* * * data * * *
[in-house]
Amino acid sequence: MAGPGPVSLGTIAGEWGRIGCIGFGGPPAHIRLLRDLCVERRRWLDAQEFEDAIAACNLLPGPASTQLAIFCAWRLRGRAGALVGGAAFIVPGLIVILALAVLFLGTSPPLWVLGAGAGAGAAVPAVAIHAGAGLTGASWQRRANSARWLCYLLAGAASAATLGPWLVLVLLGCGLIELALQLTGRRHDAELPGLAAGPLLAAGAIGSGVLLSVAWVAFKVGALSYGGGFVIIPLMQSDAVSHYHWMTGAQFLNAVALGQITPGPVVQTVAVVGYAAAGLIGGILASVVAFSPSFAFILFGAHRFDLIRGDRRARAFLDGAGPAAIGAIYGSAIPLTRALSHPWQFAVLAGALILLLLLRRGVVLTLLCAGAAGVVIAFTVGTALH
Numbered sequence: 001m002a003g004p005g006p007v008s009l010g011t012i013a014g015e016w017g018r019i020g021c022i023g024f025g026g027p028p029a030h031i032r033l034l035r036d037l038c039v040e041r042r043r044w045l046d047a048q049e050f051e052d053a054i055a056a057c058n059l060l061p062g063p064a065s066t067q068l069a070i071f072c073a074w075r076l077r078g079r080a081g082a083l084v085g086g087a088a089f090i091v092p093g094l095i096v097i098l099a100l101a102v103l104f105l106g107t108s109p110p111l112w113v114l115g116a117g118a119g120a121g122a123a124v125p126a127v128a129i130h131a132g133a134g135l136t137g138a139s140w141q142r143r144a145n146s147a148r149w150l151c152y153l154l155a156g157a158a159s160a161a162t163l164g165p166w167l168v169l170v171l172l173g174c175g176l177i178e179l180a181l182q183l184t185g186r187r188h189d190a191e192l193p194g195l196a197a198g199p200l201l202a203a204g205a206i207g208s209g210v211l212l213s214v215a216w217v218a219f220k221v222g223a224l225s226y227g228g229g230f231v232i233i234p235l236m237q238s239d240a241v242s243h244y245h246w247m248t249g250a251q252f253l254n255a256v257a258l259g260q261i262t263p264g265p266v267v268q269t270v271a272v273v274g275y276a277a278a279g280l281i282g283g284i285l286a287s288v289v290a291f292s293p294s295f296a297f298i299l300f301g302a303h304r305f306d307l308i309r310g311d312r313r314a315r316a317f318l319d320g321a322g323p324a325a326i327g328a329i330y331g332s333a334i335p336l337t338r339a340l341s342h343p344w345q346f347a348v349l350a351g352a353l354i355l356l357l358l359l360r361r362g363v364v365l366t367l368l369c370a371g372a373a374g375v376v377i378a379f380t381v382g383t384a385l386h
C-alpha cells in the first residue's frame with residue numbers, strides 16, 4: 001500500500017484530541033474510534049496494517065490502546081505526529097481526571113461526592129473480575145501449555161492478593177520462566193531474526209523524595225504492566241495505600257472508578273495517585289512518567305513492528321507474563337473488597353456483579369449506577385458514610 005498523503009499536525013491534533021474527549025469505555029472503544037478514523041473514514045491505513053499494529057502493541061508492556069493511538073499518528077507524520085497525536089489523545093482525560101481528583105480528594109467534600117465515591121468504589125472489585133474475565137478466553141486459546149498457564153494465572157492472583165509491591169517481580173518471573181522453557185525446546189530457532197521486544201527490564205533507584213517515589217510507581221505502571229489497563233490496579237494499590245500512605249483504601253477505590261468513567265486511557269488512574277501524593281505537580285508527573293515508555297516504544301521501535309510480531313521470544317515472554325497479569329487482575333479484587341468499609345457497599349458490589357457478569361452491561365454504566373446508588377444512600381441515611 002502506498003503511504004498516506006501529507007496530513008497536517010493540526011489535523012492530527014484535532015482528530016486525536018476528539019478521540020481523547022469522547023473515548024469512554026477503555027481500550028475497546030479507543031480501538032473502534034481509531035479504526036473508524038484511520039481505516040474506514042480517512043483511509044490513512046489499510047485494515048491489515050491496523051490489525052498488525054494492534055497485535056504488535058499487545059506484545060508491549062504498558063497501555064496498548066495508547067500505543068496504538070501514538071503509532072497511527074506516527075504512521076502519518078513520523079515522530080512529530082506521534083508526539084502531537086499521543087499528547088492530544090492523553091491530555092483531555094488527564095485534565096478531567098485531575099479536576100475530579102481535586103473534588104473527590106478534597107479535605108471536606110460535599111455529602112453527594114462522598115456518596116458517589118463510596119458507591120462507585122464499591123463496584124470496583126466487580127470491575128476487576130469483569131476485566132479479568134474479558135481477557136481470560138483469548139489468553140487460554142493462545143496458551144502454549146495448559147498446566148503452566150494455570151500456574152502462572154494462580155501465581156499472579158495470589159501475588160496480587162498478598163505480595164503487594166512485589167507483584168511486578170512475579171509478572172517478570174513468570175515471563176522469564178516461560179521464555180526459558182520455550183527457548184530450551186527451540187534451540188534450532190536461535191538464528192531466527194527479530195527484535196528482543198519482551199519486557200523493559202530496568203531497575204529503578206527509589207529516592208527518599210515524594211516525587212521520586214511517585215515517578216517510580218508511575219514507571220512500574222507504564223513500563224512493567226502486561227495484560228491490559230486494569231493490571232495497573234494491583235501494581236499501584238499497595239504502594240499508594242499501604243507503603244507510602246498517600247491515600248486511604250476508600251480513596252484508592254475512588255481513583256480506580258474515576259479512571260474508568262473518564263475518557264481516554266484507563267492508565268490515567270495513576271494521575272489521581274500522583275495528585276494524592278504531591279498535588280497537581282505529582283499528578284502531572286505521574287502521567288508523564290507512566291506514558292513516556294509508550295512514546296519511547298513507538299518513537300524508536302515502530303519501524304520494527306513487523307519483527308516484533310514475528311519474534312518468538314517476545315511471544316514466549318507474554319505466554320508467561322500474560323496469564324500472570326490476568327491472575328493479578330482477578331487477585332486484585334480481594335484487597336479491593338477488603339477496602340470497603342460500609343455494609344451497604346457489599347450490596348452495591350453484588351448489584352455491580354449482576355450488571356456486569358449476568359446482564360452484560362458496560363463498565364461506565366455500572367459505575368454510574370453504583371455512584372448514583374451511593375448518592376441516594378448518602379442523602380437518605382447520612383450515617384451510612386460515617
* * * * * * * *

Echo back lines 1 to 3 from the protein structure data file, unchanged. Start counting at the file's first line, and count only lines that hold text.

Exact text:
[in-house]
Amino acid sequence: MAGPGPVSLGTIAGEWGRIGCIGFGGPPAHIRLLRDLCVERRRWLDAQEFEDAIAACNLLPGPASTQLAIFCAWRLRGRAGALVGGAAFIVPGLIVILALAVLFLGTSPPLWVLGAGAGAGAAVPAVAIHAGAGLTGASWQRRANSARWLCYLLAGAASAATLGPWLVLVLLGCGLIELALQLTGRRHDAELPGLAAGPLLAAGAIGSGVLLSVAWVAFKVGALSYGGGFVIIPLMQSDAVSHYHWMTGAQFLNAVALGQITPGPVVQTVAVVGYAAAGLIGGILASVVAFSPSFAFILFGAHRFDLIRGDRRARAFLDGAGPAAIGAIYGSAIPLTRALSHPWQFAVLAGALILLLLLRRGVVLTLLCAGAAGVVIAFTVGTALH
Numbered sequence: 001m002a003g004p005g006p007v008s009l010g011t012i013a014g015e016w017g018r019i020g021c022i023g024f025g026g027p028p029a030h031i032r033l034l035r036d037l038c039v040e041r042r043r044w045l046d047a048q049e050f051e052d053a054i055a056a057c058n059l060l061p062g063p064a065s066t067q068l069a070i071f072c073a074w075r076l077r078g079r080a081g082a083l084v085g086g087a088a089f090i091v092p093g094l095i096v097i098l099a100l101a102v103l104f105l106g107t108s109p110p111l112w113v114l115g116a117g118a119g120a121g122a123a124v125p126a127v128a129i130h131a132g133a134g135l136t137g138a139s140w141q142r143r144a145n146s147a148r149w150l151c152y153l154l155a156g157a158a159s160a161a162t163l164g165p166w167l168v169l170v171l172l173g174c175g176l177i178e179l180a181l182q183l184t185g186r187r188h189d190a191e192l193p194g195l196a197a198g199p200l201l202a203a204g205a206i207g208s209g210v211l212l213s214v215a216w217v218a219f220k221v222g223a224l225s226y227g228g229g230f231v232i233i234p235l236m237q238s239d240a241v242s243h244y245h246w247m248t249g250a251q252f253l254n255a256v257a258l259g260q261i262t263p264g265p266v267v268q269t270v271a272v273v274g275y276a277a278a279g280l281i282g283g284i285l286a287s288v289v290a291f292s293p294s295f296a297f298i299l300f301g302a303h304r305f306d307l308i309r310g311d312r313r314a315r316a317f318l319d320g321a322g323p324a325a326i327g328a329i330y331g332s333a334i335p336l337t338r339a340l341s342h343p344w345q346f347a348v349l350a351g352a353l354i355l356l357l358l359l360r361r362g363v364v365l366t367l368l369c370a371g372a373a374g375v376v377i378a379f380t381v382g383t384a385l386h